Karel Appel

Karel Appel

Karel Appel was born in 1921 in the Dapperstraat in Amsterdam. He wanted to be an artist from the age of fifteen. He studied painting at the Rijksakademie van Beeldende Kunsten in Amsterdam from 1942 to 1944. His first works after the war were experimental yet still inspired by the modern classics. A visit to Paris in 1947 brought a radical change in his work: Appel was influenced by Jean Dubuffet, primitive art and Surrealism. He believed that art should liberate the human spirit.

In 1948 he co-founded the international artists’ group CoBrA together with Constant, Corneille, Asger Jorn and others. Its members preached that creativity was not the sole privilege of professional artists but could also be found among children and folk artists. Within CoBrA Appel developed an expressive form of painting based on primitive art and children’s drawings. He employed figurative elements but exercised total freedom in his formal language. His sculptures from this period consisted of assemblages.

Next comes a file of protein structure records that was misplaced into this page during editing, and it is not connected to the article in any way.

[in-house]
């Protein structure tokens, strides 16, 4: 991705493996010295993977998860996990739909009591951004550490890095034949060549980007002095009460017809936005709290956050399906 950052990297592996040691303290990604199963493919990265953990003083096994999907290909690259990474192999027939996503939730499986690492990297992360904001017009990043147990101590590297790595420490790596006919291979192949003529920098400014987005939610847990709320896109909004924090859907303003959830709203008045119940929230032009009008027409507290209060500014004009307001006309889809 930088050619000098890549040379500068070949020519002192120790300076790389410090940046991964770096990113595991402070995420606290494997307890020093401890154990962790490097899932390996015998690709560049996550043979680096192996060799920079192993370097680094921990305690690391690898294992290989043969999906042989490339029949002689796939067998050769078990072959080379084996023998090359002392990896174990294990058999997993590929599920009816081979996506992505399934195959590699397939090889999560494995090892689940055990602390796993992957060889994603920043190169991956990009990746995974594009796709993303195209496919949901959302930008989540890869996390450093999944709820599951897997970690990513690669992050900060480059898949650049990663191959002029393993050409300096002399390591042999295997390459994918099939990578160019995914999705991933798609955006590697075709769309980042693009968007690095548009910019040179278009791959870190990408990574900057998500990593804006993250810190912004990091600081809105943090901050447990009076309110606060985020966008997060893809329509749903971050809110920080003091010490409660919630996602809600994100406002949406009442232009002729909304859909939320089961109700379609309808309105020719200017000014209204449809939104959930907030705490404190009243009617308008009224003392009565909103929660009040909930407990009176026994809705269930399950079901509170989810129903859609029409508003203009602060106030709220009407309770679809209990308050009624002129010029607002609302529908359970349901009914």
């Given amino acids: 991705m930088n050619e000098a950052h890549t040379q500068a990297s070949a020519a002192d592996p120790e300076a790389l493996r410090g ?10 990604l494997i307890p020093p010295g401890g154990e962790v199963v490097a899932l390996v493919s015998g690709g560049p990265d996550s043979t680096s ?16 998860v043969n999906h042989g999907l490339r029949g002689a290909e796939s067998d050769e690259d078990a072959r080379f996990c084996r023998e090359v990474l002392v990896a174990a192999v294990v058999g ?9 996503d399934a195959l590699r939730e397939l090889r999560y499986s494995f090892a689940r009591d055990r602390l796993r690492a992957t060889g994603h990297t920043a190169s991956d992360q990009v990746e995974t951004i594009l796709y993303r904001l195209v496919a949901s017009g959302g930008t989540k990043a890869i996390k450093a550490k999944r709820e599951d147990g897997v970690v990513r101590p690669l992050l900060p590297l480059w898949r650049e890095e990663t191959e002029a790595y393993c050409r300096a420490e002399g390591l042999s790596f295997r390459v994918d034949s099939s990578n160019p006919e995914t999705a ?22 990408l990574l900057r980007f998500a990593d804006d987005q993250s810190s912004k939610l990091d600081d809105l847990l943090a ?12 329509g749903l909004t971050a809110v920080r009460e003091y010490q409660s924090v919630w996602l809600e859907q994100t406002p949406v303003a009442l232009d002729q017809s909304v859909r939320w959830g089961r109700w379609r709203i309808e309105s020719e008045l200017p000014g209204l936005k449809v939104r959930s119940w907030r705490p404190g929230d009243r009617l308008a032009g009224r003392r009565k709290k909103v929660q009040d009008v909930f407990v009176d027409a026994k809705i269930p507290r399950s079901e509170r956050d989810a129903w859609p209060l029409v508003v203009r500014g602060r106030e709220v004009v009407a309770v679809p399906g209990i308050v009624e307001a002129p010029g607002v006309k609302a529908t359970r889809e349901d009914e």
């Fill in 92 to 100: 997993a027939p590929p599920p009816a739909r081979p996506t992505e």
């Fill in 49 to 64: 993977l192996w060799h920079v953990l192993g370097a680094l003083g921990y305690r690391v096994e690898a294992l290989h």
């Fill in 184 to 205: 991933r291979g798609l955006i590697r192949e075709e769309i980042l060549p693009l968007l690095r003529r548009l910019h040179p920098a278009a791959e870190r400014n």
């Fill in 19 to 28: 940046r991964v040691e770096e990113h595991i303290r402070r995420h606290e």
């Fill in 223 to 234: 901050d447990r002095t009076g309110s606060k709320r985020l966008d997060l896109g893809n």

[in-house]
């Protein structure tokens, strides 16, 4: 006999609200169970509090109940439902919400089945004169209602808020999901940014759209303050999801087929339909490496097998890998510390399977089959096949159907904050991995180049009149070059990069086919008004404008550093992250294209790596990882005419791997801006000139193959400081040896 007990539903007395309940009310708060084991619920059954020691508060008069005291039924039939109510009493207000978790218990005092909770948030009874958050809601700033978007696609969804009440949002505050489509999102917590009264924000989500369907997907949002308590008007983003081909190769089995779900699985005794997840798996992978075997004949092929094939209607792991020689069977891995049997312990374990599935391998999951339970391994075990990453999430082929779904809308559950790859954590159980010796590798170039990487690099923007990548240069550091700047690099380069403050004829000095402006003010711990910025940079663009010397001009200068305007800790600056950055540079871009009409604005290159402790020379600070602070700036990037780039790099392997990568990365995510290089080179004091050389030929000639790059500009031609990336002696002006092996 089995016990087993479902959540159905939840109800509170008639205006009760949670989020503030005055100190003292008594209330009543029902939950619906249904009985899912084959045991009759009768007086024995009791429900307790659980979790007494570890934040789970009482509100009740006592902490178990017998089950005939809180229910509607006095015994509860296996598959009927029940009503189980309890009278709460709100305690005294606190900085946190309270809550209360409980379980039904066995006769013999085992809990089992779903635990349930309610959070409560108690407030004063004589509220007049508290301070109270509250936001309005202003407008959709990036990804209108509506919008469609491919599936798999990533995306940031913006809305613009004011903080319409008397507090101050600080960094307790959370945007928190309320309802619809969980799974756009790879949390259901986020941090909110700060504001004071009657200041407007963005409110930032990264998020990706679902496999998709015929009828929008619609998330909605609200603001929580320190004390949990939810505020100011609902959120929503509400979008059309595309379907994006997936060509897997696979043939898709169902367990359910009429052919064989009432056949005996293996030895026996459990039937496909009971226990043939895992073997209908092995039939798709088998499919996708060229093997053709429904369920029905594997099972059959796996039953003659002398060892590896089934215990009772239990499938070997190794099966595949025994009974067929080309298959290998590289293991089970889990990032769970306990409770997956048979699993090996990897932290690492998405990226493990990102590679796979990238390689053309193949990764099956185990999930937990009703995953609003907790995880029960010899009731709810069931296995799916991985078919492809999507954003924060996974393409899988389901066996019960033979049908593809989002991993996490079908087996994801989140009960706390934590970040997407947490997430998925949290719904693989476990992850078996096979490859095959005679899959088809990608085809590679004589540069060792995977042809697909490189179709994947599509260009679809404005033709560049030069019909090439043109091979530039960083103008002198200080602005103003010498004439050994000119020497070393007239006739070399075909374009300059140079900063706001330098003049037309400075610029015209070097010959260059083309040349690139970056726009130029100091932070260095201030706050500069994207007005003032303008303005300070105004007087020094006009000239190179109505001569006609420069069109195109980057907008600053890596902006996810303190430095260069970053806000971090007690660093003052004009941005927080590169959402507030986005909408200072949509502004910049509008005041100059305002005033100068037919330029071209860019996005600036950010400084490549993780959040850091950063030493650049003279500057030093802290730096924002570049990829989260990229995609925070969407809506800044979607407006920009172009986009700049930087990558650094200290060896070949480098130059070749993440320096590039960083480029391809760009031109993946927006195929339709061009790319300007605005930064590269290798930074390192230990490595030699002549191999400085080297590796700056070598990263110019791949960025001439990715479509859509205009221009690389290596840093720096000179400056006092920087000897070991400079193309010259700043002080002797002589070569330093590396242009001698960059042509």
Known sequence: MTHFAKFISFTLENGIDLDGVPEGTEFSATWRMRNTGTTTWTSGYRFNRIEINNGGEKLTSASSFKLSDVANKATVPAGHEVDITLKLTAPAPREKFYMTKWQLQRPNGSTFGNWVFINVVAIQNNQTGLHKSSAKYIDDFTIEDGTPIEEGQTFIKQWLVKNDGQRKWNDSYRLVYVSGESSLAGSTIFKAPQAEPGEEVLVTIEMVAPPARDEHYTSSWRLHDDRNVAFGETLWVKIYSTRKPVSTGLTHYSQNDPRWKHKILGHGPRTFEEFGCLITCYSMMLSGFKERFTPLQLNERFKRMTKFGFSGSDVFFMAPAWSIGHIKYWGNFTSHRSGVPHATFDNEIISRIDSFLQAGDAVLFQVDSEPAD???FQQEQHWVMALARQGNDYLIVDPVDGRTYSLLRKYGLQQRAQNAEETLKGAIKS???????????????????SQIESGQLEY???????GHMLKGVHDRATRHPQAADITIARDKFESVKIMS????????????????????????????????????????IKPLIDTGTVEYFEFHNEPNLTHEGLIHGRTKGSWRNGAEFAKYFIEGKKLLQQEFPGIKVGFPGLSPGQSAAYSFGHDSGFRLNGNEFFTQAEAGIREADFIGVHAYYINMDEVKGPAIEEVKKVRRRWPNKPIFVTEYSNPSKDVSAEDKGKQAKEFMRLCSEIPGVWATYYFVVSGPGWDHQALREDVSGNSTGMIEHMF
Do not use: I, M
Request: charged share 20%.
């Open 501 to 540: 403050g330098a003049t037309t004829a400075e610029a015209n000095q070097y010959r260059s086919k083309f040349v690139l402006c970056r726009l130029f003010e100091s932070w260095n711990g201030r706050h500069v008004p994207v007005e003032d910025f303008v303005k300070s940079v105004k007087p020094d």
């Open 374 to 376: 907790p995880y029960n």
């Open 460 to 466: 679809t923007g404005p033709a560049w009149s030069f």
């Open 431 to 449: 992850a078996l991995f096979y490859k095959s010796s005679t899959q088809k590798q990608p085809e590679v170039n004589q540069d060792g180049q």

Around 1965, Appel’s three-dimensional work consisted of painted wooden reliefs and freestanding sculptures. In the 1970s he sculpted animals, figures and heads from stainless steel and glazed ceramics. In the mid-1980s he produced three-dimensional works from wood and rope incorporating Polaroid photographs. From 1989 he made sculptures from objects from various cultures.

Appel was commissioned to produce monumental public works in a variety of media. The best known of these are his wall paintings in the Stedelijk Museum in Amsterdam and in the UNESCO building in Paris and the ceramic wall tiles in the World Forum (Congresgebouw) in The Hague. Appel’s international breakthrough came in the 1950s. Initially his work was poorly received in the Netherlands and in 1950 he decided to leave his native country. He lived in Paris until 1965 and then in Auxerre until 1972. Thereafter he split his time between New York, Tuscany and other homes. Karel Appel died in Zurich on 3 May 2006.